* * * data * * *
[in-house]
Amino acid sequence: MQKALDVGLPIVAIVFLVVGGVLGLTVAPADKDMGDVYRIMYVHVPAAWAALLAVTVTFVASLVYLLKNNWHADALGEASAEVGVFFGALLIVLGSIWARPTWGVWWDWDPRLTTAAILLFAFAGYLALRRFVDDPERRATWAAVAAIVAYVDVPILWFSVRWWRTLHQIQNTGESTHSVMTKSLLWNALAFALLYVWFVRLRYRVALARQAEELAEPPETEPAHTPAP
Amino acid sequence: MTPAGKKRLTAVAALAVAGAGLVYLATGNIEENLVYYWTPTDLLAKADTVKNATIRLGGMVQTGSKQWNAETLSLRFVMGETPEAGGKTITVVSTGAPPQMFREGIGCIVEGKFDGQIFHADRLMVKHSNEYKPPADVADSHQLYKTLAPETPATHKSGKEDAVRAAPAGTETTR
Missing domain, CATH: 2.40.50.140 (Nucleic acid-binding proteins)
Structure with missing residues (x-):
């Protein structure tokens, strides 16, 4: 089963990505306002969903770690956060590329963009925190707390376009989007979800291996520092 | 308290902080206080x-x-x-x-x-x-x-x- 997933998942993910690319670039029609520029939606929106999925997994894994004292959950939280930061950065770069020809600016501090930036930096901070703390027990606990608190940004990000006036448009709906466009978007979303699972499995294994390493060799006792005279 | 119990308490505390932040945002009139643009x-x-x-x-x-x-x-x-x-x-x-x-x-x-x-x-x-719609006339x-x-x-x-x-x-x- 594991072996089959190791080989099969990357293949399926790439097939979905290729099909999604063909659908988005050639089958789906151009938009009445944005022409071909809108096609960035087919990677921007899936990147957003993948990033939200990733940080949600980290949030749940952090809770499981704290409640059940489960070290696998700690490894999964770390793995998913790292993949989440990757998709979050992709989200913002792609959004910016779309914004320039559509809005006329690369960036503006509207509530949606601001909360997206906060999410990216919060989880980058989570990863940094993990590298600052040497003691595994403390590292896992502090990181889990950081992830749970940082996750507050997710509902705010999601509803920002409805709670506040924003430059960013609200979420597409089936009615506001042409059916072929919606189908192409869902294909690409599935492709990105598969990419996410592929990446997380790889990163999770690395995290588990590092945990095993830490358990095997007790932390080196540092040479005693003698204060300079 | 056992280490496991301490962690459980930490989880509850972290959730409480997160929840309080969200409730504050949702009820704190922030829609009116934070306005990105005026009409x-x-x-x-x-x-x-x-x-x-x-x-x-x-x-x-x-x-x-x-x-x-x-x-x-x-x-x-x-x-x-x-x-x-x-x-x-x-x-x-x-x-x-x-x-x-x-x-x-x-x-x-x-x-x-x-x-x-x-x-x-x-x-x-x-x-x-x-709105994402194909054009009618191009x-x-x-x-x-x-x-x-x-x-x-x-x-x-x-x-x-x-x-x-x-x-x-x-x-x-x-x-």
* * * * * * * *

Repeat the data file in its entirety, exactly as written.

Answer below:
[in-house]
Amino acid sequence: MQKALDVGLPIVAIVFLVVGGVLGLTVAPADKDMGDVYRIMYVHVPAAWAALLAVTVTFVASLVYLLKNNWHADALGEASAEVGVFFGALLIVLGSIWARPTWGVWWDWDPRLTTAAILLFAFAGYLALRRFVDDPERRATWAAVAAIVAYVDVPILWFSVRWWRTLHQIQNTGESTHSVMTKSLLWNALAFALLYVWFVRLRYRVALARQAEELAEPPETEPAHTPAP
Amino acid sequence: MTPAGKKRLTAVAALAVAGAGLVYLATGNIEENLVYYWTPTDLLAKADTVKNATIRLGGMVQTGSKQWNAETLSLRFVMGETPEAGGKTITVVSTGAPPQMFREGIGCIVEGKFDGQIFHADRLMVKHSNEYKPPADVADSHQLYKTLAPETPATHKSGKEDAVRAAPAGTETTR
Missing domain, CATH: 2.40.50.140 (Nucleic acid-binding proteins)
Structure with missing residues (x-):
């Protein structure tokens, strides 16, 4: 089963990505306002969903770690956060590329963009925190707390376009989007979800291996520092 | 308290902080206080x-x-x-x-x-x-x-x- 997933998942993910690319670039029609520029939606929106999925997994894994004292959950939280930061950065770069020809600016501090930036930096901070703390027990606990608190940004990000006036448009709906466009978007979303699972499995294994390493060799006792005279 | 119990308490505390932040945002009139643009x-x-x-x-x-x-x-x-x-x-x-x-x-x-x-x-x-719609006339x-x-x-x-x-x-x- 594991072996089959190791080989099969990357293949399926790439097939979905290729099909999604063909659908988005050639089958789906151009938009009445944005022409071909809108096609960035087919990677921007899936990147957003993948990033939200990733940080949600980290949030749940952090809770499981704290409640059940489960070290696998700690490894999964770390793995998913790292993949989440990757998709979050992709989200913002792609959004910016779309914004320039559509809005006329690369960036503006509207509530949606601001909360997206906060999410990216919060989880980058989570990863940094993990590298600052040497003691595994403390590292896992502090990181889990950081992830749970940082996750507050997710509902705010999601509803920002409805709670506040924003430059960013609200979420597409089936009615506001042409059916072929919606189908192409869902294909690409599935492709990105598969990419996410592929990446997380790889990163999770690395995290588990590092945990095993830490358990095997007790932390080196540092040479005693003698204060300079 | 056992280490496991301490962690459980930490989880509850972290959730409480997160929840309080969200409730504050949702009820704190922030829609009116934070306005990105005026009409x-x-x-x-x-x-x-x-x-x-x-x-x-x-x-x-x-x-x-x-x-x-x-x-x-x-x-x-x-x-x-x-x-x-x-x-x-x-x-x-x-x-x-x-x-x-x-x-x-x-x-x-x-x-x-x-x-x-x-x-x-x-x-x-x-x-x-x-709105994402194909054009009618191009x-x-x-x-x-x-x-x-x-x-x-x-x-x-x-x-x-x-x-x-x-x-x-x-x-x-x-x-």